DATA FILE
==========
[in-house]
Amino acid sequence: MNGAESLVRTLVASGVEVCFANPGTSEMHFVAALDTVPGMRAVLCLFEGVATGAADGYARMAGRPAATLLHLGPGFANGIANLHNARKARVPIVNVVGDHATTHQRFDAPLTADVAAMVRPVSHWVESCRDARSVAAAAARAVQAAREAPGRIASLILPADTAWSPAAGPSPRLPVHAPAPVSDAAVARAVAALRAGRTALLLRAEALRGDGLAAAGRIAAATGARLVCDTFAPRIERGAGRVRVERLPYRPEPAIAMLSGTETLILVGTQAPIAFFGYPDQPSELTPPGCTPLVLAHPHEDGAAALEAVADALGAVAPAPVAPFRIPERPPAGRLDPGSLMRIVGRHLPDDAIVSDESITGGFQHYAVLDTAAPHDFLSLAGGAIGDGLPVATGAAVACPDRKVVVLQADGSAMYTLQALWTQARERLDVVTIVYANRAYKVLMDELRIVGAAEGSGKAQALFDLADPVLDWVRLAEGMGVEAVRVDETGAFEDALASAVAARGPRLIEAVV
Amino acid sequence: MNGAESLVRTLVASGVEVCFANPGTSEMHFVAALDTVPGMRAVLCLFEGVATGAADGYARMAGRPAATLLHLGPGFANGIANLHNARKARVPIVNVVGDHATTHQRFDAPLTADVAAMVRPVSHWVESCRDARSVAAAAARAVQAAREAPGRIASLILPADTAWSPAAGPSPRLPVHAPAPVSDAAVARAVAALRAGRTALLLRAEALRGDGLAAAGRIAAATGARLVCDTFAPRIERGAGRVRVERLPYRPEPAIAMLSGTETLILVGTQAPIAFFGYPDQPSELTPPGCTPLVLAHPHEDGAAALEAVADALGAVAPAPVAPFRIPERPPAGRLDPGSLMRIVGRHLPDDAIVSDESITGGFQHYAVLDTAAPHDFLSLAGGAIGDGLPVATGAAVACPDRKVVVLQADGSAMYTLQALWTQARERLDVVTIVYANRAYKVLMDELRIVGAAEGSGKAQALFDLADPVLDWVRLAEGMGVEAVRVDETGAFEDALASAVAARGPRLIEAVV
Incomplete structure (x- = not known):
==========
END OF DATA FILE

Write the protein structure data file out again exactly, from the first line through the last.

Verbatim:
[in-house]
Amino acid sequence: MNGAESLVRTLVASGVEVCFANPGTSEMHFVAALDTVPGMRAVLCLFEGVATGAADGYARMAGRPAATLLHLGPGFANGIANLHNARKARVPIVNVVGDHATTHQRFDAPLTADVAAMVRPVSHWVESCRDARSVAAAAARAVQAAREAPGRIASLILPADTAWSPAAGPSPRLPVHAPAPVSDAAVARAVAALRAGRTALLLRAEALRGDGLAAAGRIAAATGARLVCDTFAPRIERGAGRVRVERLPYRPEPAIAMLSGTETLILVGTQAPIAFFGYPDQPSELTPPGCTPLVLAHPHEDGAAALEAVADALGAVAPAPVAPFRIPERPPAGRLDPGSLMRIVGRHLPDDAIVSDESITGGFQHYAVLDTAAPHDFLSLAGGAIGDGLPVATGAAVACPDRKVVVLQADGSAMYTLQALWTQARERLDVVTIVYANRAYKVLMDELRIVGAAEGSGKAQALFDLADPVLDWVRLAEGMGVEAVRVDETGAFEDALASAVAARGPRLIEAVV
Amino acid sequence: MNGAESLVRTLVASGVEVCFANPGTSEMHFVAALDTVPGMRAVLCLFEGVATGAADGYARMAGRPAATLLHLGPGFANGIANLHNARKARVPIVNVVGDHATTHQRFDAPLTADVAAMVRPVSHWVESCRDARSVAAAAARAVQAAREAPGRIASLILPADTAWSPAAGPSPRLPVHAPAPVSDAAVARAVAALRAGRTALLLRAEALRGDGLAAAGRIAAATGARLVCDTFAPRIERGAGRVRVERLPYRPEPAIAMLSGTETLILVGTQAPIAFFGYPDQPSELTPPGCTPLVLAHPHEDGAAALEAVADALGAVAPAPVAPFRIPERPPAGRLDPGSLMRIVGRHLPDDAIVSDESITGGFQHYAVLDTAAPHDFLSLAGGAIGDGLPVATGAAVACPDRKVVVLQADGSAMYTLQALWTQARERLDVVTIVYANRAYKVLMDELRIVGAAEGSGKAQALFDLADPVLDWVRLAEGMGVEAVRVDETGAFEDALASAVAARGPRLIEAVV
Incomplete structure (x- = not known):